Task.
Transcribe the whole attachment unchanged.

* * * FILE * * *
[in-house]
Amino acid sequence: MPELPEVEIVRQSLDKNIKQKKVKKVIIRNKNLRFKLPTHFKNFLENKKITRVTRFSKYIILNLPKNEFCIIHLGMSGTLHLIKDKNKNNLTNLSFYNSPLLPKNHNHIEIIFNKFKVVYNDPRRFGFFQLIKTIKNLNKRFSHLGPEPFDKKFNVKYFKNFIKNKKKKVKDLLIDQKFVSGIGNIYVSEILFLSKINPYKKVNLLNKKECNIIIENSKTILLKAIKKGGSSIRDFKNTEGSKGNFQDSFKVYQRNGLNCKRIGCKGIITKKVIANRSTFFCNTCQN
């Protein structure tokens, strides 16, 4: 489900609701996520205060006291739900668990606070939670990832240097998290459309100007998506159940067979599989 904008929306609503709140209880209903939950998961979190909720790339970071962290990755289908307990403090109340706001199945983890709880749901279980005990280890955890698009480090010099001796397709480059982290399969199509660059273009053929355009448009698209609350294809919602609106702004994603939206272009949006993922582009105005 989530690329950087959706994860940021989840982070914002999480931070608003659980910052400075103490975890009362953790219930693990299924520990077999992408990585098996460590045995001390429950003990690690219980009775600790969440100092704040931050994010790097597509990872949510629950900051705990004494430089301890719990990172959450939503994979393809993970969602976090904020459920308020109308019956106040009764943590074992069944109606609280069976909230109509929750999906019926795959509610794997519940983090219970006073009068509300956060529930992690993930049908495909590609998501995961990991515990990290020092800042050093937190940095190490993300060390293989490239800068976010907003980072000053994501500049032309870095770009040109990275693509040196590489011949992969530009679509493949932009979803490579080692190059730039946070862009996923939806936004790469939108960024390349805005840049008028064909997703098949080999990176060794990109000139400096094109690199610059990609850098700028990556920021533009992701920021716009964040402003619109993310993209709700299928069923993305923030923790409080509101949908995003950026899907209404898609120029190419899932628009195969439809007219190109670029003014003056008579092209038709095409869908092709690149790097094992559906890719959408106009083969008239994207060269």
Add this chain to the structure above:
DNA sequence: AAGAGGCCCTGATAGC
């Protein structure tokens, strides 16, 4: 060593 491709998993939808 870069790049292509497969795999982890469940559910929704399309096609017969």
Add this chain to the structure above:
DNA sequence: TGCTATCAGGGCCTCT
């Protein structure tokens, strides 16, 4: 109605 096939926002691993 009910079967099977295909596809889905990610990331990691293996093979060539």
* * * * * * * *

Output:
[in-house]
Amino acid sequence: MPELPEVEIVRQSLDKNIKQKKVKKVIIRNKNLRFKLPTHFKNFLENKKITRVTRFSKYIILNLPKNEFCIIHLGMSGTLHLIKDKNKNNLTNLSFYNSPLLPKNHNHIEIIFNKFKVVYNDPRRFGFFQLIKTIKNLNKRFSHLGPEPFDKKFNVKYFKNFIKNKKKKVKDLLIDQKFVSGIGNIYVSEILFLSKINPYKKVNLLNKKECNIIIENSKTILLKAIKKGGSSIRDFKNTEGSKGNFQDSFKVYQRNGLNCKRIGCKGIITKKVIANRSTFFCNTCQN
């Protein structure tokens, strides 16, 4: 489900609701996520205060006291739900668990606070939670990832240097998290459309100007998506159940067979599989 904008929306609503709140209880209903939950998961979190909720790339970071962290990755289908307990403090109340706001199945983890709880749901279980005990280890955890698009480090010099001796397709480059982290399969199509660059273009053929355009448009698209609350294809919602609106702004994603939206272009949006993922582009105005 989530690329950087959706994860940021989840982070914002999480931070608003659980910052400075103490975890009362953790219930693990299924520990077999992408990585098996460590045995001390429950003990690690219980009775600790969440100092704040931050994010790097597509990872949510629950900051705990004494430089301890719990990172959450939503994979393809993970969602976090904020459920308020109308019956106040009764943590074992069944109606609280069976909230109509929750999906019926795959509610794997519940983090219970006073009068509300956060529930992690993930049908495909590609998501995961990991515990990290020092800042050093937190940095190490993300060390293989490239800068976010907003980072000053994501500049032309870095770009040109990275693509040196590489011949992969530009679509493949932009979803490579080692190059730039946070862009996923939806936004790469939108960024390349805005840049008028064909997703098949080999990176060794990109000139400096094109690199610059990609850098700028990556920021533009992701920021716009964040402003619109993310993209709700299928069923993305923030923790409080509101949908995003950026899907209404898609120029190419899932628009195969439809007219190109670029003014003056008579092209038709095409869908092709690149790097094992559906890719959408106009083969008239994207060269």
Add this chain to the structure above:
DNA sequence: AAGAGGCCCTGATAGC
């Protein structure tokens, strides 16, 4: 060593 491709998993939808 870069790049292509497969795999982890469940559910929704399309096609017969």
Add this chain to the structure above:
DNA sequence: TGCTATCAGGGCCTCT
């Protein structure tokens, strides 16, 4: 109605 096939926002691993 009910079967099977295909596809889905990610990331990691293996093979060539």